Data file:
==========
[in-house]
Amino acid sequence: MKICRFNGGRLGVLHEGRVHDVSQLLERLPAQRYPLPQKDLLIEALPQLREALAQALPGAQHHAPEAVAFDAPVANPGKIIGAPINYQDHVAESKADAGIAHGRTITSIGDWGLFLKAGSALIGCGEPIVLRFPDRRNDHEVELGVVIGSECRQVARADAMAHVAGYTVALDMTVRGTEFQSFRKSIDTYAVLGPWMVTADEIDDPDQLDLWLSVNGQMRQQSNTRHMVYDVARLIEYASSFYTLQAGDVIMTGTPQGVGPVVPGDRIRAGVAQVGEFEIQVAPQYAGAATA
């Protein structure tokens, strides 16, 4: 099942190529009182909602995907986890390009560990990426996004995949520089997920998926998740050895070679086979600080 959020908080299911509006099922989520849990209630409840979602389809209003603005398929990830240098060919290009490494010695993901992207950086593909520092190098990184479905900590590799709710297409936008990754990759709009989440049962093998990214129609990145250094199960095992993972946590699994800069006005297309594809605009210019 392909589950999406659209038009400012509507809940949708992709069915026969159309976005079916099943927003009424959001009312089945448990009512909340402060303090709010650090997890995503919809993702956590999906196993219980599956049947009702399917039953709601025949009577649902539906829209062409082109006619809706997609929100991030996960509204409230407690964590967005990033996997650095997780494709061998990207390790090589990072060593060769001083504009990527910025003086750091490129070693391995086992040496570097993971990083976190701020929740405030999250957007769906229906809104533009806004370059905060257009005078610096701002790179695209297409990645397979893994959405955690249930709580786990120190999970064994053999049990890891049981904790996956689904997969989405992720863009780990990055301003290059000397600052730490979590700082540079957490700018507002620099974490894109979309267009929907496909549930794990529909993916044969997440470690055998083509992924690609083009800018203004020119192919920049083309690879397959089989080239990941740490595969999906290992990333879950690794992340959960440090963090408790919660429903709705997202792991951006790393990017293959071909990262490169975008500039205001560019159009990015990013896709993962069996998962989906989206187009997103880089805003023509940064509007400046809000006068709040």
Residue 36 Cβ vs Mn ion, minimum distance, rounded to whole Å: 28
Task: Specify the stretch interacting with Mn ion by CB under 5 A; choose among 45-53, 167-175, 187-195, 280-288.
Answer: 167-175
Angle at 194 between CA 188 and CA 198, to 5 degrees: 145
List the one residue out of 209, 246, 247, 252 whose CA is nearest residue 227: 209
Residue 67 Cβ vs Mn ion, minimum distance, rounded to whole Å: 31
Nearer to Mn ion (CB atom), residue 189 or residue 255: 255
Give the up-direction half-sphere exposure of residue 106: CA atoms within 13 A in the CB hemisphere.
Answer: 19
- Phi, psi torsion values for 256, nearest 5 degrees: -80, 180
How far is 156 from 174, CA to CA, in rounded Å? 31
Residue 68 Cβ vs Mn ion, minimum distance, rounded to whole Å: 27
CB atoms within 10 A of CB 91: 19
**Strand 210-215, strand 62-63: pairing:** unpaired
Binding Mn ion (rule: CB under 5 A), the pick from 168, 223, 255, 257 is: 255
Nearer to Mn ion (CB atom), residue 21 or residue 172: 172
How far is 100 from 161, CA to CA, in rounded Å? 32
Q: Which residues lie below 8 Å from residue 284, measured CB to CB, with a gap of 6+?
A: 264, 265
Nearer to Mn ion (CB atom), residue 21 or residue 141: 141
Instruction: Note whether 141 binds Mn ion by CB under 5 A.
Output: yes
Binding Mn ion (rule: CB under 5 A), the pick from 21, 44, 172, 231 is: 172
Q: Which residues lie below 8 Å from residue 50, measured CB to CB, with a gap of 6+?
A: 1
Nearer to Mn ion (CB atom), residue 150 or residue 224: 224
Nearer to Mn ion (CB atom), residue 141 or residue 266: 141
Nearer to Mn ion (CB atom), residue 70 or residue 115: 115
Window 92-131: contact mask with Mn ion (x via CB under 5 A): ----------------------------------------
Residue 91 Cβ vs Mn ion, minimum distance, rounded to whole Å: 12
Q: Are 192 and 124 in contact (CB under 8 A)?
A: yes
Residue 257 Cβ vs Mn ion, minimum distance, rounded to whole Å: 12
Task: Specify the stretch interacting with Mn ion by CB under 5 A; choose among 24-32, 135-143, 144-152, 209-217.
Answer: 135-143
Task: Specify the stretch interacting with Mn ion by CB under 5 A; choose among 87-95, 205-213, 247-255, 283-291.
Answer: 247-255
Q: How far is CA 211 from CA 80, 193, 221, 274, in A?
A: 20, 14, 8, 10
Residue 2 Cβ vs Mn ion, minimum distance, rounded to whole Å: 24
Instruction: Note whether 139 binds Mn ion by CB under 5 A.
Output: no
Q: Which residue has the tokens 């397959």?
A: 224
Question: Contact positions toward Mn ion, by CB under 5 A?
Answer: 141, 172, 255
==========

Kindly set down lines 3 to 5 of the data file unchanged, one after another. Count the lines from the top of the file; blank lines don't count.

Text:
């Protein structure tokens, strides 16, 4: 099942190529009182909602995907986890390009560990990426996004995949520089997920998926998740050895070679086979600080 959020908080299911509006099922989520849990209630409840979602389809209003603005398929990830240098060919290009490494010695993901992207950086593909520092190098990184479905900590590799709710297409936008990754990759709009989440049962093998990214129609990145250094199960095992993972946590699994800069006005297309594809605009210019 392909589950999406659209038009400012509507809940949708992709069915026969159309976005079916099943927003009424959001009312089945448990009512909340402060303090709010650090997890995503919809993702956590999906196993219980599956049947009702399917039953709601025949009577649902539906829209062409082109006619809706997609929100991030996960509204409230407690964590967005990033996997650095997780494709061998990207390790090589990072060593060769001083504009990527910025003086750091490129070693391995086992040496570097993971990083976190701020929740405030999250957007769906229906809104533009806004370059905060257009005078610096701002790179695209297409990645397979893994959405955690249930709580786990120190999970064994053999049990890891049981904790996956689904997969989405992720863009780990990055301003290059000397600052730490979590700082540079957490700018507002620099974490894109979309267009929907496909549930794990529909993916044969997440470690055998083509992924690609083009800018203004020119192919920049083309690879397959089989080239990941740490595969999906290992990333879950690794992340959960440090963090408790919660429903709705997202792991951006790393990017293959071909990262490169975008500039205001560019159009990015990013896709993962069996998962989906989206187009997103880089805003023509940064509007400046809000006068709040």
Residue 36 Cβ vs Mn ion, minimum distance, rounded to whole Å: 28
Task: Specify the stretch interacting with Mn ion by CB under 5 A; choose among 45-53, 167-175, 187-195, 280-288.